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Solicitor-General Mike Farnworth said that the goal of Surrey Mayor Doug McCallum, seen here, to have the new force in operation by April, 2021, is 'ambitious.'

Ian Bailey/The Globe and Mail/The Globe and Mail

The British Columbia government has given Surrey permission to create a police board and take a number of other steps as it works to create a municipal force to replace the RCMP.

The approval marks a major step in Surrey’s push to ditch the RCMP in the largest Canadian city still policed by the Mounties.

Solicitor-General Mike Farnworth said Thursday the province has been reassured that Surrey is ready to move through a set of complex stages, starting with the creation of a police board, based on the 450-page report his ministry got from a transition committee last month.

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The report has not been released by the ministry, but the minister said it has 11 major chapters outlining what Surrey needs to do as it shifts to a new policing model.

But, like Wally Oppal, the former judge who chaired the transition committee that produced the report, Mr. Farnworth said that Surrey Mayor Doug McCallum’s goal of having the new force in operation by April, 2021, is “ambitious.”

“The key priority is going to be public safety and ultimately that is going to determine the timeline,” the minister said.

Mr. McCallum was jubilant about the news, calling Thursday “Day 1 of our Surrey police department.”

The mayor, who has been critical of the RCMP for decades, had campaigned in 2018 with a key goal of shifting to a municipal force, saying that would give council more local control and would result in having more police officers embedded permanently in the community instead of being shifted around the country.

Mr. McCallum praised Premier John Horgan and Mr. Farnworth for their leadership and their prompt action in getting to this point in only 16 months since his newly elected council issued a two-year notice to the RCMP that it was ending their contract.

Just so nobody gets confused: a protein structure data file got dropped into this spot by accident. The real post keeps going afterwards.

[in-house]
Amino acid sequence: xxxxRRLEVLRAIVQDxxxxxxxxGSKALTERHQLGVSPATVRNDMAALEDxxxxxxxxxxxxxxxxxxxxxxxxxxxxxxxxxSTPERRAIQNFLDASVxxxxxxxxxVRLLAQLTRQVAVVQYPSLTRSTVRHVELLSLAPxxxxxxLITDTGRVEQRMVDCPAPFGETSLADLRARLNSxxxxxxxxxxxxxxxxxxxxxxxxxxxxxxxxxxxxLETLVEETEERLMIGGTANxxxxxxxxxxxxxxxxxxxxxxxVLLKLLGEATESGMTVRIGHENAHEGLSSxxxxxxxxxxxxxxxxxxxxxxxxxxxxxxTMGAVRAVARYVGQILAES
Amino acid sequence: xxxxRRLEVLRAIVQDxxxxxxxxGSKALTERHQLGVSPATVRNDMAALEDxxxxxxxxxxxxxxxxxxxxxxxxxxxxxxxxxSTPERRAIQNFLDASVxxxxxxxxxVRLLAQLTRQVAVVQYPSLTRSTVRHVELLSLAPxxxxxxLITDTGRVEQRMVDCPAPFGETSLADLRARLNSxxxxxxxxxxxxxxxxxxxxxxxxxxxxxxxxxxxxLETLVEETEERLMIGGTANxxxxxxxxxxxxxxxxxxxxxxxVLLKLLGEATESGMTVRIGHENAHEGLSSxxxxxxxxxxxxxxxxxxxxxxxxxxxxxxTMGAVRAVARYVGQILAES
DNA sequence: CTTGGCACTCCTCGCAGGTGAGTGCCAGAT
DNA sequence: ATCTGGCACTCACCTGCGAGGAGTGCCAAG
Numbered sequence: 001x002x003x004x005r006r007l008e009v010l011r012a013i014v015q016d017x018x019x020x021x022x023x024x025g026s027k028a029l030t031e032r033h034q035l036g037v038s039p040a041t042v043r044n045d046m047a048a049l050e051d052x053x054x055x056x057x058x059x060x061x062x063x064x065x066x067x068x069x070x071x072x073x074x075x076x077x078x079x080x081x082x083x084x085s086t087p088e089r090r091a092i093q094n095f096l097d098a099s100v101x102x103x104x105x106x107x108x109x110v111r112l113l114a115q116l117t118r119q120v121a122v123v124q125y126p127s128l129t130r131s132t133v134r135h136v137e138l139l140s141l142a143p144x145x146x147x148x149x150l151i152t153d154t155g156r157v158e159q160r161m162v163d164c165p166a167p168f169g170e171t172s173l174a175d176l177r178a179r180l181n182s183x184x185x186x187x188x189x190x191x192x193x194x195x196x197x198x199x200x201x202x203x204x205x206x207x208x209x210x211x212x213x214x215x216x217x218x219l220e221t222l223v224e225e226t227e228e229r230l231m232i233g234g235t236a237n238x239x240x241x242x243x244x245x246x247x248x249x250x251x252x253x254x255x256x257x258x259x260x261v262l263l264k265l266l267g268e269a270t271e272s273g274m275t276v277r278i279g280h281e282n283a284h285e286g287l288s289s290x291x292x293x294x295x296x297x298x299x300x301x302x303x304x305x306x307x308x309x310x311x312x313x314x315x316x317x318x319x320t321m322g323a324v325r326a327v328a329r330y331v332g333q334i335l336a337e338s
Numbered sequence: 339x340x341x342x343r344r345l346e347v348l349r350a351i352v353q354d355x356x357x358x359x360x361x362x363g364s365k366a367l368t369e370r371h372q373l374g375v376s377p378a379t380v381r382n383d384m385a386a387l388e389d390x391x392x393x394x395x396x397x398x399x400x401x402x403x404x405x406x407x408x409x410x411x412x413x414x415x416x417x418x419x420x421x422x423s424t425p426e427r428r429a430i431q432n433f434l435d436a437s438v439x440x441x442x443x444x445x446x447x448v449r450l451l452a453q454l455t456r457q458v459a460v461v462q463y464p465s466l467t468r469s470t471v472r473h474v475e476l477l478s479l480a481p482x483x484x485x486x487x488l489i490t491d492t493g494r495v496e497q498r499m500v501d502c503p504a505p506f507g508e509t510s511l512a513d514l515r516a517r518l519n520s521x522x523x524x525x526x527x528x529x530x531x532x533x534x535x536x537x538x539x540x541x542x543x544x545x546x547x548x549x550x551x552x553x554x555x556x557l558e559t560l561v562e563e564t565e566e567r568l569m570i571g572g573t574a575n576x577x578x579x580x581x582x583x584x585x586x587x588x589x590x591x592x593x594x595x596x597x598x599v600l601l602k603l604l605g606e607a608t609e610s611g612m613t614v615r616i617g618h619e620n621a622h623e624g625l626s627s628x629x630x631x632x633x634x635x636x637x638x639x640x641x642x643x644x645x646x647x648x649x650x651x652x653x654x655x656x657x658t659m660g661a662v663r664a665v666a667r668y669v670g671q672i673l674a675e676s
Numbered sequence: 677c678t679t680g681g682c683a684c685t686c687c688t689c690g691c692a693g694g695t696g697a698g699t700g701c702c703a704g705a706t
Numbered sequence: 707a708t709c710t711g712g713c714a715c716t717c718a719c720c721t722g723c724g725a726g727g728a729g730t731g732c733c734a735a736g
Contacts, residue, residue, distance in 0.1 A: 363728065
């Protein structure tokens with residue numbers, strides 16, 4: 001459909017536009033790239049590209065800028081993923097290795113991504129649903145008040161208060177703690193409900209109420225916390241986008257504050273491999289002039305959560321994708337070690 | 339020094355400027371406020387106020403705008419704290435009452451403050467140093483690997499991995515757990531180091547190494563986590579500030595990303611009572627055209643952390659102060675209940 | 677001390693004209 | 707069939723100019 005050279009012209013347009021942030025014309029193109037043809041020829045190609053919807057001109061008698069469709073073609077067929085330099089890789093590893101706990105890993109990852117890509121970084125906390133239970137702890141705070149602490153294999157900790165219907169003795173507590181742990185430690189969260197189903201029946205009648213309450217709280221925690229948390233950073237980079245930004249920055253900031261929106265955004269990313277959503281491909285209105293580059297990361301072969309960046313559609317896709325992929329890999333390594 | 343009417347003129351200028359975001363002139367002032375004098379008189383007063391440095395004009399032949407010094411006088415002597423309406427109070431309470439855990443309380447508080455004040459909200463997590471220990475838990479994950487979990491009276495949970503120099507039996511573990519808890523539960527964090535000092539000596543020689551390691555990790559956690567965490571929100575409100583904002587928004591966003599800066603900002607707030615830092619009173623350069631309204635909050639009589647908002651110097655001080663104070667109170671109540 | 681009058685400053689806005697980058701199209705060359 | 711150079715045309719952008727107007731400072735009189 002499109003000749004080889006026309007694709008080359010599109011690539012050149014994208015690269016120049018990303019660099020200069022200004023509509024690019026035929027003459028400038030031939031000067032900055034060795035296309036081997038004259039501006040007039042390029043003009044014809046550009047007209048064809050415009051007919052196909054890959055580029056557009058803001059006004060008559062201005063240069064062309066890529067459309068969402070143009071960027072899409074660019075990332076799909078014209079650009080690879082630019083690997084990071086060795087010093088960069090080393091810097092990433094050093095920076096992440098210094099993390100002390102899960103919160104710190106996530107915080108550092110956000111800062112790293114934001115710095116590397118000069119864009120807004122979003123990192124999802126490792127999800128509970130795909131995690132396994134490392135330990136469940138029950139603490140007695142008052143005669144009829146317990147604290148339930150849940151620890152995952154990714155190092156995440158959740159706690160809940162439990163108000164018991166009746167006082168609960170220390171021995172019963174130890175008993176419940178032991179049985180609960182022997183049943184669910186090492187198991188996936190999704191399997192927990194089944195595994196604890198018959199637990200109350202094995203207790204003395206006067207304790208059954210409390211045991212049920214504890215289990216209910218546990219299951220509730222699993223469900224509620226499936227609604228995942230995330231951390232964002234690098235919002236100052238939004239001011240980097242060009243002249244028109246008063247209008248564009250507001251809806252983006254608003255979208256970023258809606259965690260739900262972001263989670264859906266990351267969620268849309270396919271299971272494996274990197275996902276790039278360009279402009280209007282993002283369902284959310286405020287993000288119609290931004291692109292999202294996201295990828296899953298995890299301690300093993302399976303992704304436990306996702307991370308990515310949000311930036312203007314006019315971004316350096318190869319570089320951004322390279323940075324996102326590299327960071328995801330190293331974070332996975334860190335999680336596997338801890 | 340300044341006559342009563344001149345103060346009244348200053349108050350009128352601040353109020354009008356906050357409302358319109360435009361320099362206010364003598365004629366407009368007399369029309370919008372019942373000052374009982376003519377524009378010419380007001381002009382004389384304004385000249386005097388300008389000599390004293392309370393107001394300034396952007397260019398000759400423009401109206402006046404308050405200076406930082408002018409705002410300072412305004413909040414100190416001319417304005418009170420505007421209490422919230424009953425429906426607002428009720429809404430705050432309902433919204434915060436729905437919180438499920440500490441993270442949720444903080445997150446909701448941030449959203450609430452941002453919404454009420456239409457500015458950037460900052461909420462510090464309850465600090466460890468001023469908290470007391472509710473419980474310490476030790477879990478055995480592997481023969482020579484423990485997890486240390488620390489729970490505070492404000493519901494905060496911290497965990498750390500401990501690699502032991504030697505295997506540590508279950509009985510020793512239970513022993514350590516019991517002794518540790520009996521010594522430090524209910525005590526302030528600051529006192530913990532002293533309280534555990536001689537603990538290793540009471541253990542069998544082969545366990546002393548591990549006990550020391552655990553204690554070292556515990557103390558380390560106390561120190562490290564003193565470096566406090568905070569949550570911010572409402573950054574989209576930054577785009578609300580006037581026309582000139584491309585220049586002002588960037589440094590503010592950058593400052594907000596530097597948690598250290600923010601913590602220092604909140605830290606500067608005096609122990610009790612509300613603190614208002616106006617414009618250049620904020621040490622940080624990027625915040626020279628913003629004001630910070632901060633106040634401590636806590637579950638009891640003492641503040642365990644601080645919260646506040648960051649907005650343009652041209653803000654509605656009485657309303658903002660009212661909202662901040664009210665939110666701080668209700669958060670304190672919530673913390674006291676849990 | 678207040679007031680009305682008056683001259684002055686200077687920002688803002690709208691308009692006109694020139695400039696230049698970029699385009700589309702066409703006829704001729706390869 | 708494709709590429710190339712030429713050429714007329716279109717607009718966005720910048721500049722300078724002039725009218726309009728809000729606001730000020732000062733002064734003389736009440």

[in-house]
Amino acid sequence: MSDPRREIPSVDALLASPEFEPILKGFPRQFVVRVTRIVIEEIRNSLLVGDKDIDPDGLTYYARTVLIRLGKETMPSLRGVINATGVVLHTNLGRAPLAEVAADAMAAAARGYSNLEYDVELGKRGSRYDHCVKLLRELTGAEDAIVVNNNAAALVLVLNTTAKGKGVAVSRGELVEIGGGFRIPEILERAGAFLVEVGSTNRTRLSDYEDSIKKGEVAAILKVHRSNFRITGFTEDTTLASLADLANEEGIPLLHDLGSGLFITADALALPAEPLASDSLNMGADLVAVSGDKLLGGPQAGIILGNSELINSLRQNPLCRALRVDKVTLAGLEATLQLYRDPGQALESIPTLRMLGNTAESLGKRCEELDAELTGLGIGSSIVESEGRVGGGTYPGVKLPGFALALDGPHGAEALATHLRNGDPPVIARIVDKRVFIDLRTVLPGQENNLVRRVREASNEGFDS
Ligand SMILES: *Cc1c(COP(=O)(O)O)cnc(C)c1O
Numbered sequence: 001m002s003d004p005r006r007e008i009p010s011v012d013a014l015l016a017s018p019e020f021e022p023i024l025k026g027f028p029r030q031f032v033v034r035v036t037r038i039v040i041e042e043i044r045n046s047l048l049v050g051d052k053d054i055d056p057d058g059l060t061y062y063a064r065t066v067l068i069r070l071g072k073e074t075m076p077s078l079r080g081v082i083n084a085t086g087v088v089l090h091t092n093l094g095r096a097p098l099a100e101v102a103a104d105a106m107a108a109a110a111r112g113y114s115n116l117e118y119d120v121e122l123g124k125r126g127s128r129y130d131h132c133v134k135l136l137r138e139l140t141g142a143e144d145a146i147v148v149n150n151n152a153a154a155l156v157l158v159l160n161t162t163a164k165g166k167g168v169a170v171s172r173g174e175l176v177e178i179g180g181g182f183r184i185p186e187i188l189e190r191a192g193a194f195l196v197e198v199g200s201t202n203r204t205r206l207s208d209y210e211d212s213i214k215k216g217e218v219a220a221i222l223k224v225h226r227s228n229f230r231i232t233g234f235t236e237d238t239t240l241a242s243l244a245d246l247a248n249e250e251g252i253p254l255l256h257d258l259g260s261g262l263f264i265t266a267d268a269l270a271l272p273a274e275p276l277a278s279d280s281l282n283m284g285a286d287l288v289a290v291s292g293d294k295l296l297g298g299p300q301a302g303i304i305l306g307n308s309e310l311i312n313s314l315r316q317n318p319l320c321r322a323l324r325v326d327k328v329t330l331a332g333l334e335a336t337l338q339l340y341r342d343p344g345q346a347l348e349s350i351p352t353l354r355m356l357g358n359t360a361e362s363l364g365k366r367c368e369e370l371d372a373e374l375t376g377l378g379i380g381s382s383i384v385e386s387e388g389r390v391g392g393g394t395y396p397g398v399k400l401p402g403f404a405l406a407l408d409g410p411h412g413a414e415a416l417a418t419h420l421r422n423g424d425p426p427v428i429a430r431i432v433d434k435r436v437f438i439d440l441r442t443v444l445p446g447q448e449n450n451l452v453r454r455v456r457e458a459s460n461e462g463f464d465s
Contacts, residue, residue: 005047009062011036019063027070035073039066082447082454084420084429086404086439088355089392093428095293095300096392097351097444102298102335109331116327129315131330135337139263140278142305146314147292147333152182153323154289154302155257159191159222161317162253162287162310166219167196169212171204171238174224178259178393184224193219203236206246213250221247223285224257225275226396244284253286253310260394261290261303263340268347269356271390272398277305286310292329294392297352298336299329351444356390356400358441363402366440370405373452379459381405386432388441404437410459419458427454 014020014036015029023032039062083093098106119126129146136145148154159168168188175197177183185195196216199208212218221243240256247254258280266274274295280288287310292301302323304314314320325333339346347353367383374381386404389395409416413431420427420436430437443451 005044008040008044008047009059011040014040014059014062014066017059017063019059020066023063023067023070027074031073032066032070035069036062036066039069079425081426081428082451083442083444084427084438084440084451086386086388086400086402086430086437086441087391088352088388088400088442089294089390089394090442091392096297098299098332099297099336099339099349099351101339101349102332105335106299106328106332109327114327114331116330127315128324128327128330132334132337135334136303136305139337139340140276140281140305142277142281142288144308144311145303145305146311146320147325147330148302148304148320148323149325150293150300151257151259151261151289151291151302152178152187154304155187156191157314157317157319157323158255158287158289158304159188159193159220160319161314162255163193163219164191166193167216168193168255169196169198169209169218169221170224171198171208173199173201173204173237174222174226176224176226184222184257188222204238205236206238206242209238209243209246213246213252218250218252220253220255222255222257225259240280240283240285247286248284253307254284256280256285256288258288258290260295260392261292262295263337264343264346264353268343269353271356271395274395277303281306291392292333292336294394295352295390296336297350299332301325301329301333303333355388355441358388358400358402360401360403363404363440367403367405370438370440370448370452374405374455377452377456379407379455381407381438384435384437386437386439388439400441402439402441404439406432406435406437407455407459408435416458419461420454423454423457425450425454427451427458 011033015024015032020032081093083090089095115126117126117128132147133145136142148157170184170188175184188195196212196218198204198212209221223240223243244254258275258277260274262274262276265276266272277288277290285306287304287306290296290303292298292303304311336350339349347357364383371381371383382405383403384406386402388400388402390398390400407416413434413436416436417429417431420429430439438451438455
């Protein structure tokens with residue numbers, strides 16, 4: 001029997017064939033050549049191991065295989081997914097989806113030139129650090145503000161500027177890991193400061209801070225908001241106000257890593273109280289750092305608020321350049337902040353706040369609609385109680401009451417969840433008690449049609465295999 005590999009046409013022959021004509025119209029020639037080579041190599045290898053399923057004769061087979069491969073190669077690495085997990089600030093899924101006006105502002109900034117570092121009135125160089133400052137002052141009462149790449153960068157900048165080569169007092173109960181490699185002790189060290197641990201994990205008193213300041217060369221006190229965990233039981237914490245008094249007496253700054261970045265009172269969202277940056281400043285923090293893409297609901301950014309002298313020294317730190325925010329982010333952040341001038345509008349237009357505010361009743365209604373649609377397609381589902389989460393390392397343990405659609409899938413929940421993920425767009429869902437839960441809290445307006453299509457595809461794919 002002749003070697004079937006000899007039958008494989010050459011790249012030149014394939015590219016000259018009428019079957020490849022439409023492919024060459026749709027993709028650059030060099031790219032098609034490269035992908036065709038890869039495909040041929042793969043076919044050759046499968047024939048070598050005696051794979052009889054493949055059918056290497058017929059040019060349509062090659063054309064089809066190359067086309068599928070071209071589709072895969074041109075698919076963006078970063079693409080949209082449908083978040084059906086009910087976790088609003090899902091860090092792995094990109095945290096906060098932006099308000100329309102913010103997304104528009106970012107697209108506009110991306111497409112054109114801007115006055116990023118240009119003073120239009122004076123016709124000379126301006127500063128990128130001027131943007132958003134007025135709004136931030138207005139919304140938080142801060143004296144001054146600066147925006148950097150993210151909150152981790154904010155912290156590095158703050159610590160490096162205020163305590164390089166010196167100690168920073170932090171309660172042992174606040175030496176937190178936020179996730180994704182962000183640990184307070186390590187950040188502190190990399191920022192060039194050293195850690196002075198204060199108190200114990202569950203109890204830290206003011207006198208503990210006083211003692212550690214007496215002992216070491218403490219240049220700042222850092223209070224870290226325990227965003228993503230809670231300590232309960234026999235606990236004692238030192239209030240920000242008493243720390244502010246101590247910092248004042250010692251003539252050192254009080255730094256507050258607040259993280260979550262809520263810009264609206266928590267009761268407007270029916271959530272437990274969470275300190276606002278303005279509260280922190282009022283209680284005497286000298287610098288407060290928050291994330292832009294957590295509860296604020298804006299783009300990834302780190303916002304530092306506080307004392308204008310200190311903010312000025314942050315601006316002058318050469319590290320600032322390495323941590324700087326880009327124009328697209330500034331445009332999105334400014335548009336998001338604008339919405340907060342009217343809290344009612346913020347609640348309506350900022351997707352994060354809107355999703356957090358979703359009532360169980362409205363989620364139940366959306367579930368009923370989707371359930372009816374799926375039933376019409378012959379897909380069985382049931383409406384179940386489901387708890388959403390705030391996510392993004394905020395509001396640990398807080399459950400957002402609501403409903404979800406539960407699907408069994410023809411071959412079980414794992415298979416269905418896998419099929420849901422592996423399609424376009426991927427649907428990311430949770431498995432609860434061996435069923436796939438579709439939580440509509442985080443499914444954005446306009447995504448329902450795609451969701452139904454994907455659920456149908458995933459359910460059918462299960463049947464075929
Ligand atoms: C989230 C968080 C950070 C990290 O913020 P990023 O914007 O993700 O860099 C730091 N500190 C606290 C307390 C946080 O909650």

But the decision provoked dismay from those who feel the new Surrey council, under Mr. McCallum, rushed into the process and ignored many public concerns.

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“The key aspects of the transition plan, like costs, labour, training, public consultation, have not been considered,” said Surrey Board of Trade CEO Anita Huberman. The businesses in her organization are concerned about the significant new expenses – which will be sure to mean tax increases – likely to occur, she said.

When Mr. Oppal spoke to the board Wednesday, he acknowledged that municipal police forces generally cost more because the city doesn’t get the 10-per-cent subsidy the federal government provides for RCMP forces and because the RCMP haven’t been unionized, which meant lower costs in the past. That last is likely to change.

Surrey’s own planners have estimated that the new municipal police force will cost $20-million more in 2021, boosting the bill to $192-million, more than the RCMP budget for 2020. That would provide for 805 officers, less than the authorized number currently.

The head of the Surrey RCMP detachment also expressed regret about the decision.

“We respect that every municipality has the right to choose what type of police force they want for their city. But that is not to say this is not difficult for us,” said assistant commissioner Brian Edwards in a statement. “Given the nature of the work we do in the community, we are heavily invested in Surrey and its residents. This situation is discouraging for our members who enjoy policing this community.”

Mr. Farnworth stressed in his media conference that the province doesn’t have the right to dictate what policing model Surrey should use and it’s not up to his ministry to figure out which public groups to listen to.

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“Whenever an issue like this emerges, there are strong views on each side.”

The province has to go along with what the elected majority in local government says.

“The type of contract is their decision and the City of Surrey’s democratically elected council has made that decision.”

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